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Gabbi 1.36.0

The last blog post I made about gabbi was just under a year ago, announcing 1.29.0. Today I released 1.36.0. Several powerful features have been added in that interval, many of them by people other than me, which I take as a great sign of success.

Regularly, when using gabbi, I'll think "omg, this thing is so useful!" shortly followed by "omg, I made this thing!". But that's only partly true: gabbi exists because there was a void that I saw a way to fill and I was supported in that filling by my employer (Red Hat at the time) and the excellent input and feedback I got from my colleagues in the OpenStack telemetry project. Since then subsequent employers, colleagues and users of gabbi have continued to enable and shape its improvement. Thank you.

At its core, the entire point of gabbi is to help people make better HTTP APIs by making the use of HTTP methods and headers and the structure of request and response bodies as explicit, visible and tweakable as possible. I use it for test driven development: I start writing the API that I want or need in gabbi's YAML format and then start fixing the failing tests. This makes crufty annoyances more visible, sooner, and because gabbi's format is fairly raw it helps ensure that using the created API from lots of different clients is straightforward and there are few client specific warts. This is great because...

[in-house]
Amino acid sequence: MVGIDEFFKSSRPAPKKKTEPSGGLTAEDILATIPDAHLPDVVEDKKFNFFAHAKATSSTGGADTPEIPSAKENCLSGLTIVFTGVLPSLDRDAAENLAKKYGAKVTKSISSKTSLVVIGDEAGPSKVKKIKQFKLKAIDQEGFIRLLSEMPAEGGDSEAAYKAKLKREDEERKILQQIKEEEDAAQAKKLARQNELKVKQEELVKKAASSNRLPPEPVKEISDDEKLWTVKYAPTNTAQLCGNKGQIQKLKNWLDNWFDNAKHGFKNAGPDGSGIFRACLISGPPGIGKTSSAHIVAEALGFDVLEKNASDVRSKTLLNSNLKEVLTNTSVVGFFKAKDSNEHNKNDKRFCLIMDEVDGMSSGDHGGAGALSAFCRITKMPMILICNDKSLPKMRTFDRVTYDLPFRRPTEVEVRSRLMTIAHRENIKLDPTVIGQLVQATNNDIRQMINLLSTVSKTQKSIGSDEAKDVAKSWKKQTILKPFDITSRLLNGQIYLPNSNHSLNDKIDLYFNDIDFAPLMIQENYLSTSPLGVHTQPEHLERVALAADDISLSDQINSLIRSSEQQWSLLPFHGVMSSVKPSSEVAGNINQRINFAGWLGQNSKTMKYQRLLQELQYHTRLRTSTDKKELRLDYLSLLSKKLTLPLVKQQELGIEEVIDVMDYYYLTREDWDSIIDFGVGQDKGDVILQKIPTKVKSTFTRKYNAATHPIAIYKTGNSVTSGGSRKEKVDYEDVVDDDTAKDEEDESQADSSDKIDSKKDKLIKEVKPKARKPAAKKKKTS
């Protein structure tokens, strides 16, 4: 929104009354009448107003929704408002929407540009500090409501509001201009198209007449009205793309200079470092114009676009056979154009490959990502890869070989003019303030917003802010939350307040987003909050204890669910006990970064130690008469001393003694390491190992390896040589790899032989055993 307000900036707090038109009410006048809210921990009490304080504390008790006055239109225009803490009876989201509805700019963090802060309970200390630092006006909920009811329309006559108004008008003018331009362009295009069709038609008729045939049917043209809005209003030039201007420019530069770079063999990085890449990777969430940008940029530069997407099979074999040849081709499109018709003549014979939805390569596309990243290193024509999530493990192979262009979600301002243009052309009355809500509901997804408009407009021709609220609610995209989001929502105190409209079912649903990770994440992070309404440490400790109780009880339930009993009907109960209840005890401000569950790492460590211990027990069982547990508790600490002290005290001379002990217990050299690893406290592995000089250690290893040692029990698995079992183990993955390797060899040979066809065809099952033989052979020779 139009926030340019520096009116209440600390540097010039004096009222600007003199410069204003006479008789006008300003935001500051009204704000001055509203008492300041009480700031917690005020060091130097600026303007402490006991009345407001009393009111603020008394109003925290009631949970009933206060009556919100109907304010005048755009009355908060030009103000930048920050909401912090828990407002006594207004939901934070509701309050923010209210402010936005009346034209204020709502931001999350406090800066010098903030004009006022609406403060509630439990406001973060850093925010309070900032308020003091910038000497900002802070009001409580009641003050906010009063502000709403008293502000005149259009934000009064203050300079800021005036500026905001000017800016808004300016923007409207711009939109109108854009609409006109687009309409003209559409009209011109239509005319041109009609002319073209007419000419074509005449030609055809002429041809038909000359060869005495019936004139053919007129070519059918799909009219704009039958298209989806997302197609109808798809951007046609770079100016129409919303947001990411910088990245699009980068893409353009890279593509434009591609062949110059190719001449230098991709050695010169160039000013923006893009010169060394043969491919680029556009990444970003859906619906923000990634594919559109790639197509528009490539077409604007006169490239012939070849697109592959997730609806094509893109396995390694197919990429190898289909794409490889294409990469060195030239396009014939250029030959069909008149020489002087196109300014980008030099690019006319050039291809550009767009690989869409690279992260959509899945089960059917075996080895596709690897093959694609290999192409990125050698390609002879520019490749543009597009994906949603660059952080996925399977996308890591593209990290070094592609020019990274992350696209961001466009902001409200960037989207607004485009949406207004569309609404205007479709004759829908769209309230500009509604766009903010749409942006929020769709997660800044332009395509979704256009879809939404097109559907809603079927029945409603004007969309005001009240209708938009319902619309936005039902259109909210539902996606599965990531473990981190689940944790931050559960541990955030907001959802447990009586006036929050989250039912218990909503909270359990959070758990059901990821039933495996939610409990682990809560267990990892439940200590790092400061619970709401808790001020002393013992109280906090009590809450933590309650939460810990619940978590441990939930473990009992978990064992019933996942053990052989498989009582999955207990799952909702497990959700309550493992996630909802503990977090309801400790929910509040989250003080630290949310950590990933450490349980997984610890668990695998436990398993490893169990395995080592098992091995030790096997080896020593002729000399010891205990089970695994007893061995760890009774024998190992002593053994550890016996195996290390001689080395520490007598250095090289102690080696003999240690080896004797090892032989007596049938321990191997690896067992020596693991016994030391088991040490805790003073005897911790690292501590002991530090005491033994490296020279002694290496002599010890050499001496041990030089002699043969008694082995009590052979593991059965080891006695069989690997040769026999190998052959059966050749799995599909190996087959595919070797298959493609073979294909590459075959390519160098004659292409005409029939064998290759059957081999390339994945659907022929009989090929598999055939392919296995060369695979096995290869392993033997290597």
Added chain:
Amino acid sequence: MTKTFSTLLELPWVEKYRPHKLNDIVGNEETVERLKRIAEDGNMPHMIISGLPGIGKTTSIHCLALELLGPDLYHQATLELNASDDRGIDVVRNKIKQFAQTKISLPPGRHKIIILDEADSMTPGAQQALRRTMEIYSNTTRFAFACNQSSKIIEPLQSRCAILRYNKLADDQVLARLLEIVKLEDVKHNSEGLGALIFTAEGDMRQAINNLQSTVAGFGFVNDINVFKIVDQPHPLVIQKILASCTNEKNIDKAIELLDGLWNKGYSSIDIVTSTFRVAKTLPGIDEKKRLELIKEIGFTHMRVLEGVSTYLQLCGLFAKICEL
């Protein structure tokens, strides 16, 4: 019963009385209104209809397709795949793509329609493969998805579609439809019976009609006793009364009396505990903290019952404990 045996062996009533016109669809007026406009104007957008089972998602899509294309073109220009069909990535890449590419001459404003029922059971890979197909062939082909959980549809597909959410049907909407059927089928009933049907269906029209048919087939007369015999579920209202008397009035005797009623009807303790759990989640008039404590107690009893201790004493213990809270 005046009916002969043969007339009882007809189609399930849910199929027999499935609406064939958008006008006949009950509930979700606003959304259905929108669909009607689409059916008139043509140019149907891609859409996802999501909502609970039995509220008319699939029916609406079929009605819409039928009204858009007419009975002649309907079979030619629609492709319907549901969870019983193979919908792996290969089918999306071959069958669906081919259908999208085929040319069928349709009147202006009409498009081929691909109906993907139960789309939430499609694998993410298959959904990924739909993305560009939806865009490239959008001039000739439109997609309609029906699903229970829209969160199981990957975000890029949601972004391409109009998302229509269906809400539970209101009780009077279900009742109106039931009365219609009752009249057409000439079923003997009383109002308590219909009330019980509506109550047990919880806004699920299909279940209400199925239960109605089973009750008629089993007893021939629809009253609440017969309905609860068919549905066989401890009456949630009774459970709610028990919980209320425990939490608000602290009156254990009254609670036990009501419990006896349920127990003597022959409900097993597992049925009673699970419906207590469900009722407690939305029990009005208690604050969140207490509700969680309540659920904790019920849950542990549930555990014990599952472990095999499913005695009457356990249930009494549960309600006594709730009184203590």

At its core, the entire point of HTTP APIs is to help people make diverse clients of services that do things you, the author, might never have predicted.

Gabbi has helped with that from the start, and with each release it gets a bit more helpful. Since 1.29.0, some very useful features have come along:

  • The $HISTORY feature allows substitution from any previous test.
  • JSON responses can be validated with JSON loaded from external files, not just the YAML file (as has always been true).
  • Substitutions in JSONPath are now allowed on both the right and left hand side of expressions. In the past it was just the right side, which meant that dealing with dynamically created object parameters (such as a uuid) was challenging.
  • The way in which each test in a gabbi YAML file is a member of a sequence of dependent tests can now be intentionally broken using the use_prior_test setting. This can make gabbi more useful when integrated with other tools.

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